The press conference has started. Anand, "I stood much worse, but I managed to provoke c5, where I hoped to build a fortress". 

Anand on the question what kind of fortress to build, "When he played f4 and I moved f5 and h5, I already was out of danger". 

Gelfand showed some unclear positions in the endgame. About the move c4-c5, "I spent a lot of time on thinking if it was worth taking the queen."

Gelfand: "I thought that there would appear another weakness in the endgame, which would help me to win." Later, Boris thinks he should have tried 35.g4.

Anand, "He controlled [the field] as Barcelona did, but the fortress is an important resource in chess and it helps to hold."

Karlovich asked about the variation where White could win h5-pawn, but the players avoided giving a clear commentary.

Gelfand, "I haven't met a single chess player in my entire career who'd be happy to draw a winning position."

Gelfand, "There are also other stages between 'friends' and 'enemies'. We are rivals... But what has happened in Elista won't be repeated here." (Anand agreed)

Gelfand, "I haven't visited any of the matches; I've only read about them in books."

Anand (answering a question), "I guess White was unable to move his king to a6 in the endgame..." Gelfand agreed.

Gelfand visited the Gallery before the match had started, "but during the match there's not much time left for the cultural programme." Anand agreed. The press conference is over.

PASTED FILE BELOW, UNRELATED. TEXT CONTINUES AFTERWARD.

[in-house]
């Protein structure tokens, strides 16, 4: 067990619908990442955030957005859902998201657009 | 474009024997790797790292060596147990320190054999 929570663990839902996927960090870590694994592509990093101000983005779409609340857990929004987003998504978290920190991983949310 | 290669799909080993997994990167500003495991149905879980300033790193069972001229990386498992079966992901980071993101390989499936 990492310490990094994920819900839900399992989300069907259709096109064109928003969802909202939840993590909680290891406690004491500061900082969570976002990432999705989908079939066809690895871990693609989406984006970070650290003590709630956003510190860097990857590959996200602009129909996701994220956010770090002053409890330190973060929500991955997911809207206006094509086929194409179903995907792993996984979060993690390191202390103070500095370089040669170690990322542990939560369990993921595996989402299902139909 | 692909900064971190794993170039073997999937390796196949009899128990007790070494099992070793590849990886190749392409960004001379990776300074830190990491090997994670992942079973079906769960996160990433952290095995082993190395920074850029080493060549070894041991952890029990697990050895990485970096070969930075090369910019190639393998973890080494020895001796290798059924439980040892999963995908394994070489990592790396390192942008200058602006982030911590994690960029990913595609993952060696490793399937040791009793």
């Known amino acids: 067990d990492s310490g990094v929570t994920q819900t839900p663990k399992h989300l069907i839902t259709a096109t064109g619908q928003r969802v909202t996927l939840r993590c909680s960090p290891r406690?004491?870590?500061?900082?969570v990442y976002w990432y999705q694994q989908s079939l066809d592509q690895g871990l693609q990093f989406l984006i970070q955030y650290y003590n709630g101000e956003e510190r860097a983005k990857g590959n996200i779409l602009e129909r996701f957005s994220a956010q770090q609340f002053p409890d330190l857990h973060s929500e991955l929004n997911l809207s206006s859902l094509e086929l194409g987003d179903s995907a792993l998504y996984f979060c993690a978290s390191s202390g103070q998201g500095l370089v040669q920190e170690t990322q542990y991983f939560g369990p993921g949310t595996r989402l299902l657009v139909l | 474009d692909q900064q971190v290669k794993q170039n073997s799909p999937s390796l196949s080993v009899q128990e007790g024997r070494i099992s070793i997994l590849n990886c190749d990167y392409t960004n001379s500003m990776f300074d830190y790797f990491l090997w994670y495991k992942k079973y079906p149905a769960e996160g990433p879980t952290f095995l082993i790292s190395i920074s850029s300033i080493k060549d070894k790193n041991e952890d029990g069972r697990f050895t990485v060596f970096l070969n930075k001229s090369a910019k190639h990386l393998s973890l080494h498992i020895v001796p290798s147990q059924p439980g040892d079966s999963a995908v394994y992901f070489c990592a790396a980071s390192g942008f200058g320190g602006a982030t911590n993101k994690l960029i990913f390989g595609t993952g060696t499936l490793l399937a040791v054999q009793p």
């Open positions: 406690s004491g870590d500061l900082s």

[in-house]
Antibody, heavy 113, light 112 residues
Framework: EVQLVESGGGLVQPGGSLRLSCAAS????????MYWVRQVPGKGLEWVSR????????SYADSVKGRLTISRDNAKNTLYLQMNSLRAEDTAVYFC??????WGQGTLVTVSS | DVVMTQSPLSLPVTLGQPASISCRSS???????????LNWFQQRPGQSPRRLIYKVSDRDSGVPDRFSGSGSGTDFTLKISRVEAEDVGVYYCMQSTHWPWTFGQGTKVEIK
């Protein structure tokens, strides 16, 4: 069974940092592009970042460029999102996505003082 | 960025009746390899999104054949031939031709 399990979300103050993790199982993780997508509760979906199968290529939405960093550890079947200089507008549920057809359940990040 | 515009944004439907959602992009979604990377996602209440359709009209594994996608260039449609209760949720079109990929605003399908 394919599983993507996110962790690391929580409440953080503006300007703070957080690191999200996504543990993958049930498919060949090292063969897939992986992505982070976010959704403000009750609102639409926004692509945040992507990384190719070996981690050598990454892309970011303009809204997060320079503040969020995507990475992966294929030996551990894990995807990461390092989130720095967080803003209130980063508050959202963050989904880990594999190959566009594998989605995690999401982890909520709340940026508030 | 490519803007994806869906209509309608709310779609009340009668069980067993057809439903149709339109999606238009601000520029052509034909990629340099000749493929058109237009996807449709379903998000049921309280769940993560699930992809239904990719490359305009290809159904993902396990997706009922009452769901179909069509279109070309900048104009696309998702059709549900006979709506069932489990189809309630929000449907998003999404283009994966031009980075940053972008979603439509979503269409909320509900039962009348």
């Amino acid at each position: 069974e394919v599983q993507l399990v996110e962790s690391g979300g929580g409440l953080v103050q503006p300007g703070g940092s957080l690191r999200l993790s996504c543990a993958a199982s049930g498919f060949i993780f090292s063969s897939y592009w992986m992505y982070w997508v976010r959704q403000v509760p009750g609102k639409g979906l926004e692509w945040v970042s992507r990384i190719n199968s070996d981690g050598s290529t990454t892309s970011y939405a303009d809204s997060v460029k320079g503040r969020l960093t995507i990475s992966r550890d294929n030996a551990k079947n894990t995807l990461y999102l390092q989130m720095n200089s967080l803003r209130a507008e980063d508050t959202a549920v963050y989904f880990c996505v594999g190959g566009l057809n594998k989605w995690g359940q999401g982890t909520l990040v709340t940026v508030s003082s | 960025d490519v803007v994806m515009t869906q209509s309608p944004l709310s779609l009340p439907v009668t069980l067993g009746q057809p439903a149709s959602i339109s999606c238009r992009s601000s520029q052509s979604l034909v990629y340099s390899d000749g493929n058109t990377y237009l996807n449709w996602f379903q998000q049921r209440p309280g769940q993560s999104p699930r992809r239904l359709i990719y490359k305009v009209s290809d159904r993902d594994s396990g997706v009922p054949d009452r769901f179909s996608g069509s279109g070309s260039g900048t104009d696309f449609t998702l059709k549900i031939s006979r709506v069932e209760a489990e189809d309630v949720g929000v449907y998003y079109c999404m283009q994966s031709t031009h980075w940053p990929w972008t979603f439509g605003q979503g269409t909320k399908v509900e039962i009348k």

Gelfand's brief summary of the encounter:
"It seems to me that chess is a quite a hard game to be explained briefly... It's hard to avoid using chess terms. White had an advantage of two bishops, which converted into the advantage of a queen for the rook and the knight; however, the defence was stubborn enough to enable Black to hold the game." 

The current score of the match is 4.5-4.5. Game 10, in which Anand is White, will be held tomorrow, May 24th. 

[Event "World Championship Match"] [Site "Moscow"] [Date "2012.05.23"] [Round "9"] [White "Gelfand, Boris"] [Black "Anand, Viswanathan"] [Result "1/2-1/2"] [ECO "E54"] [WhiteElo "2727"] [BlackElo "2791"] [PlyCount "98"] [EventDate "2012.??.??"] [EventCountry "RUS"] 1. d4 Nf6 2. c4 e6 3. Nc3 Bb4 4. e3 O-O 5. Bd3 d5 6. Nf3 c5 7. O-O dxc4 8. Bxc4 cxd4 9. exd4 b6 10. Bg5 Bb7 11. Qe2 Nbd7 12. Rac1 Rc8 13. Bd3 Bxc3 14. bxc3 Qc7 15. c4 Bxf3 16. Qxf3 Rfe8 17. Rfd1 h6 18. Bh4 Qd6 19. c5 bxc5 20. dxc5 Rxc5 21. Bh7+ Kxh7 22. Rxd6 Rxc1+ 23. Rd1 Rec8 24. h3 Ne5 25. Qe2 Ng6 26. Bxf6 gxf6 27. Rxc1 Rxc1+ 28. Kh2 Rc7 29. Qb2 Kg7 30. a4 Ne7 31. a5 Nd5 32. a6 Kh7 33. Qd4 f5 34. f4 Rd7 35. Kg3 Kg6 36. Qh8 Nf6 37. Qb8 h5 38. Kh4 Kh6 39. Qb2 Kg6 40. Qc3 Ne4 41. Qc8 Nf6 42. Qb8 Re7 43. g4 hxg4 44. hxg4 fxg4 45. Qe5 Ng8 46. Qg5+ Kh7 47. Qxg4 f6 48. Qg2 Kh8 49. Qe4 Kg7 1/2-1/2 

All materials about the match